Das moderne Internetprotokoll IPv6 gilt als so komplex und umstĂ€ndlich, dass manche Administratoren beharrlich beim vertrauten, aber veralteten IPv4 bleiben. Zehn Praxisbeispiele belegen, warum viele Netzwerkanwendungen besser und kostengĂŒnstiger auf IPv6 laufen und wie Admins davon profitieren.

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Netzwerkprotokolle: Nachschlagewerk fĂŒr Wireshark

Wenn es im Netzwerk knirscht, versuchen Admins den Fehler in Analyse-Tools wie Wireshark anhand von Paketmitschnitten einzukreisen. Jedoch hat der Herr viel mehr Netzwerkprotokolle gegeben, als sich ein Admin-­Hirn in allen Details merken kann. Eine Referenzdatei, die zahlreiche korrekte Protokoll­ablÀufe enthÀlt, gibt Orientierung.

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Netzwerkmitschnitte mit tshark analysieren

Haben Sie mal Netzwerkmitschnitte untersucht, ohne zu wissen, was genau Sie suchen? Mit Wireshark wird das leicht zu einer Odyssee: Das Analysewerkzeug filtert zwar fabelhaft, reagiert bei großen Datenmengen aber schnell zĂ€h.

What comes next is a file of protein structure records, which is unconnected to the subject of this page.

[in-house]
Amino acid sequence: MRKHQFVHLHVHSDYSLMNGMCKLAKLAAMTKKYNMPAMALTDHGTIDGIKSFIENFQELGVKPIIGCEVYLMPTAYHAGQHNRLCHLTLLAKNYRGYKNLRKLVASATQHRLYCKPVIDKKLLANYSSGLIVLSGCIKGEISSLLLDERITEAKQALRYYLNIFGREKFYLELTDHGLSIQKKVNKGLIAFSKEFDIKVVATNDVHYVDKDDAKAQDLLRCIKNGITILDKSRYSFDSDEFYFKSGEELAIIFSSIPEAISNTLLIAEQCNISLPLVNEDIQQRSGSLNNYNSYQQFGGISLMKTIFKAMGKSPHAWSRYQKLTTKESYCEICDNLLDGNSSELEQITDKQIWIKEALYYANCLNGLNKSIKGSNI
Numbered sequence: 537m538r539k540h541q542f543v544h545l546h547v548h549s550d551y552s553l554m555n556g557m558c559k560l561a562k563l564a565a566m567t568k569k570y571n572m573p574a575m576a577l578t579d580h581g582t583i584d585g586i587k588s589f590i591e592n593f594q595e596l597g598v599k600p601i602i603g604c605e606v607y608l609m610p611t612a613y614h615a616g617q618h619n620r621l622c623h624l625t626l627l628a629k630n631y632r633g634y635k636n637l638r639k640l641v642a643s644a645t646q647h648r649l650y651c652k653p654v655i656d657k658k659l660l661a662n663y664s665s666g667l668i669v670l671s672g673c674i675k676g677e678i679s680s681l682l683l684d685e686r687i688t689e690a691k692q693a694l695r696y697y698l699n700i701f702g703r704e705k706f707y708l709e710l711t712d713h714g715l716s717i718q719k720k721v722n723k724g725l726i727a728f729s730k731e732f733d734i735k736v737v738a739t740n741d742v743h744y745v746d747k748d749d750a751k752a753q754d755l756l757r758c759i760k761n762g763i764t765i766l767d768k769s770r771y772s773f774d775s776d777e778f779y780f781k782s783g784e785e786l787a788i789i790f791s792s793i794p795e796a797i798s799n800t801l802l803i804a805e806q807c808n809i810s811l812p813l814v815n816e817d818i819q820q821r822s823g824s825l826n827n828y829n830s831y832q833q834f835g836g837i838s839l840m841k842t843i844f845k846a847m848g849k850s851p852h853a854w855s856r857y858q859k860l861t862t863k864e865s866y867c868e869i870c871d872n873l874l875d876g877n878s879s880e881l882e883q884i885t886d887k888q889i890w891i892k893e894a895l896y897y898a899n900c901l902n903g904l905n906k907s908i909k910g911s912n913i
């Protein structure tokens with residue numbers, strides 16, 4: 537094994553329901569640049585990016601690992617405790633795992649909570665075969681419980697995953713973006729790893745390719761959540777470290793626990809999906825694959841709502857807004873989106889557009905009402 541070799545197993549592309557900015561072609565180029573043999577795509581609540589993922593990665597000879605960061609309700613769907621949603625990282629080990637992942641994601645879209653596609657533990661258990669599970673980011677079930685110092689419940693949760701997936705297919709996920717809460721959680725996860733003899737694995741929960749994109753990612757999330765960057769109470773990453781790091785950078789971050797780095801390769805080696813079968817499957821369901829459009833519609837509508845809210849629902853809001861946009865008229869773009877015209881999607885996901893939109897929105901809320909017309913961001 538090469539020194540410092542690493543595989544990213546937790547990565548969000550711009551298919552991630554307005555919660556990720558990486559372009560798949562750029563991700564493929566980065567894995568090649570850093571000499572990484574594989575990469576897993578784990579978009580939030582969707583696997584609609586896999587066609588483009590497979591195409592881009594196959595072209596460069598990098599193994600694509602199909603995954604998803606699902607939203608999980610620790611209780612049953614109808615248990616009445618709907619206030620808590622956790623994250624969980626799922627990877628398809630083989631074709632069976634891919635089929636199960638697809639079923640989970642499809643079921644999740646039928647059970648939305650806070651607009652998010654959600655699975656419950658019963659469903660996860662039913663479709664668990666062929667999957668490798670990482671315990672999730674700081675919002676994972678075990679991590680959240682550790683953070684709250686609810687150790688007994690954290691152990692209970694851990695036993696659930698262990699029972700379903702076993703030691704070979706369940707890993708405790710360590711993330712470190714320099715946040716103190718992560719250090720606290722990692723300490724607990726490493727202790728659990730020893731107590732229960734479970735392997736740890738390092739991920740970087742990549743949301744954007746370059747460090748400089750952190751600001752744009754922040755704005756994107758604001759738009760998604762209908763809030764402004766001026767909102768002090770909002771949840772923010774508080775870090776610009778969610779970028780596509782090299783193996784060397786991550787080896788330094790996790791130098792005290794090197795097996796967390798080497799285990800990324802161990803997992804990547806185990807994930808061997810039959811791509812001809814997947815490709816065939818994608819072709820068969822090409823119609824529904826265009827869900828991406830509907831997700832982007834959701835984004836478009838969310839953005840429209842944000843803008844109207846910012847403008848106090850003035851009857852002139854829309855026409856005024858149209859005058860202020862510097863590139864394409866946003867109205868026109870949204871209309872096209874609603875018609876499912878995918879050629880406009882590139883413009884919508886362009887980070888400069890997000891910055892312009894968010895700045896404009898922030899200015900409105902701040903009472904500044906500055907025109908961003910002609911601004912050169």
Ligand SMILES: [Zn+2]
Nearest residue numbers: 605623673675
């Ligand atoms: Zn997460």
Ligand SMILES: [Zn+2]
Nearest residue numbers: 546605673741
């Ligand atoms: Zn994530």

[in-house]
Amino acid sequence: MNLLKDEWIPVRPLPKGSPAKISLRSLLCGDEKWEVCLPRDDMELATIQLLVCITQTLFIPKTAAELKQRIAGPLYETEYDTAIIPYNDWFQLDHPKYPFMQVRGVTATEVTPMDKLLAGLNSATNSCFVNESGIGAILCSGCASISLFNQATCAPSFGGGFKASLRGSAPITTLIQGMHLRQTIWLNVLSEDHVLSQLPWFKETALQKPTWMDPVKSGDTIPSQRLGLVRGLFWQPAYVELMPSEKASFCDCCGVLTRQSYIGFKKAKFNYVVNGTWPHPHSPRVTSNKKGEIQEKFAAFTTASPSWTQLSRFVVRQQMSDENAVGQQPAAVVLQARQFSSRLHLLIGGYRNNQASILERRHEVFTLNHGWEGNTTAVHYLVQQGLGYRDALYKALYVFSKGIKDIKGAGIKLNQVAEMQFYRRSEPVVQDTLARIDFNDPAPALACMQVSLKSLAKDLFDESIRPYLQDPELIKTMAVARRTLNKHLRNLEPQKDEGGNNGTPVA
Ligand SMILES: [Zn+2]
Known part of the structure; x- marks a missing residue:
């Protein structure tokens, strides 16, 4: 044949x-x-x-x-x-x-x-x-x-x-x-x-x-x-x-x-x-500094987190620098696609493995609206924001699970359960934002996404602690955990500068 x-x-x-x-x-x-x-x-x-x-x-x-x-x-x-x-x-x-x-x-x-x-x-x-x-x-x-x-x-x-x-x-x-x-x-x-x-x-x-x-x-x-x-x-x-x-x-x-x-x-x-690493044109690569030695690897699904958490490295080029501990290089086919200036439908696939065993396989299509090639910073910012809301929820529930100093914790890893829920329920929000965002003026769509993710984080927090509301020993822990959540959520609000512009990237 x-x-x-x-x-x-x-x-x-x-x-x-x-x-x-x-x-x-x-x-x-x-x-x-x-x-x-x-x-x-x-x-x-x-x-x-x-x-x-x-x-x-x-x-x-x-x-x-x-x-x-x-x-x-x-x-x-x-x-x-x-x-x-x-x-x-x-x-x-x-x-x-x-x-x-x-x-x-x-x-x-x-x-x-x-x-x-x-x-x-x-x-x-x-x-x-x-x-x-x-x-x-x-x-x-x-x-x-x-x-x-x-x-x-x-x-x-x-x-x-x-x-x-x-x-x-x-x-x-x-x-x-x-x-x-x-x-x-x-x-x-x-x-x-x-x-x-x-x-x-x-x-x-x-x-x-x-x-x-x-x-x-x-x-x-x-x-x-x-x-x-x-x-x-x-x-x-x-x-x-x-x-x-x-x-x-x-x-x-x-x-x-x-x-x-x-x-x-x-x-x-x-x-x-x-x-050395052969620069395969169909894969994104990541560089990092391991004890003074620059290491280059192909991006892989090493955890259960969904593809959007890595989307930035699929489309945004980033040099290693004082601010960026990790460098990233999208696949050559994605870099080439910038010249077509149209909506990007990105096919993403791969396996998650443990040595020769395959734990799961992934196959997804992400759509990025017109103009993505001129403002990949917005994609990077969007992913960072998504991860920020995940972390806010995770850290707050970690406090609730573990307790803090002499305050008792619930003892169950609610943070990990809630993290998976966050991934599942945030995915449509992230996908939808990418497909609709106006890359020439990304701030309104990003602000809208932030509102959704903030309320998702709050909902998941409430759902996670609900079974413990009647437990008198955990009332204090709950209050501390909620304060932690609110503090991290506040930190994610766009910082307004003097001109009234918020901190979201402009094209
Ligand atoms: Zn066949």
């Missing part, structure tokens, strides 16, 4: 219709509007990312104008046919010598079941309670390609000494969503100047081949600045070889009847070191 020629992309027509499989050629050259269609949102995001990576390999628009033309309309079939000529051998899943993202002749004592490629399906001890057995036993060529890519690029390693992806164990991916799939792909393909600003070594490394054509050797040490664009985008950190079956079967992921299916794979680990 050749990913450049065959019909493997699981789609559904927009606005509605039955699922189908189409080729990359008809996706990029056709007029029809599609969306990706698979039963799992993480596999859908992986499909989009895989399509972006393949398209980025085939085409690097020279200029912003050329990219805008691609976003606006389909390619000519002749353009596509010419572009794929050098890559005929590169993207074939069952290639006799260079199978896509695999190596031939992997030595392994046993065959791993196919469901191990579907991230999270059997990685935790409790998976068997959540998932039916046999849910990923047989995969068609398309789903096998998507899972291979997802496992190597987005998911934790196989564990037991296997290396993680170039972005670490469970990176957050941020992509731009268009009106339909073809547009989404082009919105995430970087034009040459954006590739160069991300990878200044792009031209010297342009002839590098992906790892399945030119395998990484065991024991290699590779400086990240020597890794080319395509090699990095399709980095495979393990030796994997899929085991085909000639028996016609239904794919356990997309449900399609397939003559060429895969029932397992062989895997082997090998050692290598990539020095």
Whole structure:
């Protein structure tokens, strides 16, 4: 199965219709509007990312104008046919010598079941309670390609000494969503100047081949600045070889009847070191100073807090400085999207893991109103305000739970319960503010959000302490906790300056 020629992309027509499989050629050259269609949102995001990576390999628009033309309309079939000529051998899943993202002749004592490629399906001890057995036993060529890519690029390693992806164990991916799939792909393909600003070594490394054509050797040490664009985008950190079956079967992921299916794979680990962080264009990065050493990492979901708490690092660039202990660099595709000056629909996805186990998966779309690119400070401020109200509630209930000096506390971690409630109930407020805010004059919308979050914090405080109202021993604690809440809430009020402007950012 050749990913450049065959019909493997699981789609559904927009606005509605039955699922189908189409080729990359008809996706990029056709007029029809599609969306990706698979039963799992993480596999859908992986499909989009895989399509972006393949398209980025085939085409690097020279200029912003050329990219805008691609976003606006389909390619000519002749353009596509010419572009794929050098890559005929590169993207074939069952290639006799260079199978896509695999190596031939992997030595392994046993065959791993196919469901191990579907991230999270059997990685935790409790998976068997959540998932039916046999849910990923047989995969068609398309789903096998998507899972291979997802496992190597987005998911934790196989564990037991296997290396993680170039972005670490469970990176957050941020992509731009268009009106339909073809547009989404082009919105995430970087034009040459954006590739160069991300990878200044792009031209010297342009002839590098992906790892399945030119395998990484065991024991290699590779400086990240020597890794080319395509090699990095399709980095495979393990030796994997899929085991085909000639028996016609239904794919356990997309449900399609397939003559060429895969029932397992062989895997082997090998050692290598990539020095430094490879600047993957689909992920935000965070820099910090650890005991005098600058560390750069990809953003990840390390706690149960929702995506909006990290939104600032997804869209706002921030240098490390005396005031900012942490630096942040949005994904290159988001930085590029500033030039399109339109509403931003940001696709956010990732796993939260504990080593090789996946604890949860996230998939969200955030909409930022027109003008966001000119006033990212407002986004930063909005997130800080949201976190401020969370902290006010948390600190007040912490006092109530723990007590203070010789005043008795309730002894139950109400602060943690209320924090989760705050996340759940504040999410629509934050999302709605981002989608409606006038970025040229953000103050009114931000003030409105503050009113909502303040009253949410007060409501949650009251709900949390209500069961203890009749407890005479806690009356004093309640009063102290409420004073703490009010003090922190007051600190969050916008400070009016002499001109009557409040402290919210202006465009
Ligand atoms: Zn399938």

Was bei solchen Problemstellungen hilft ist: tshark! Ein Tool, mit welchem Sie auch große Packet Captures einfach anhand gĂ€ngiger Kriterien durchforsten können.

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#heiseshow: IPv6 setzt sich langsam durch – die wichtigsten Fragen

Ich durfte zu Gast bei der #heiseshow zum Thema IPv6 sein. In Anlehnung an die Artikelserie ĂŒber IPv6 in der c’t 7/2022, in der auch mein Artikel ĂŒber die Vorteile von IPv6-Adressen erschienen ist, ging es bei diesem Video-Podcast um gĂ€ngige Fragen zu IPv6 sowohl im Heimanwender- als auch im Enterprise-Segment. Ne knappe Stunde lief die Schose und ich empfand es als ziemlich kurzweilig. ;)

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DHCPv6 Relay Issue with Cisco ASA and Ubuntu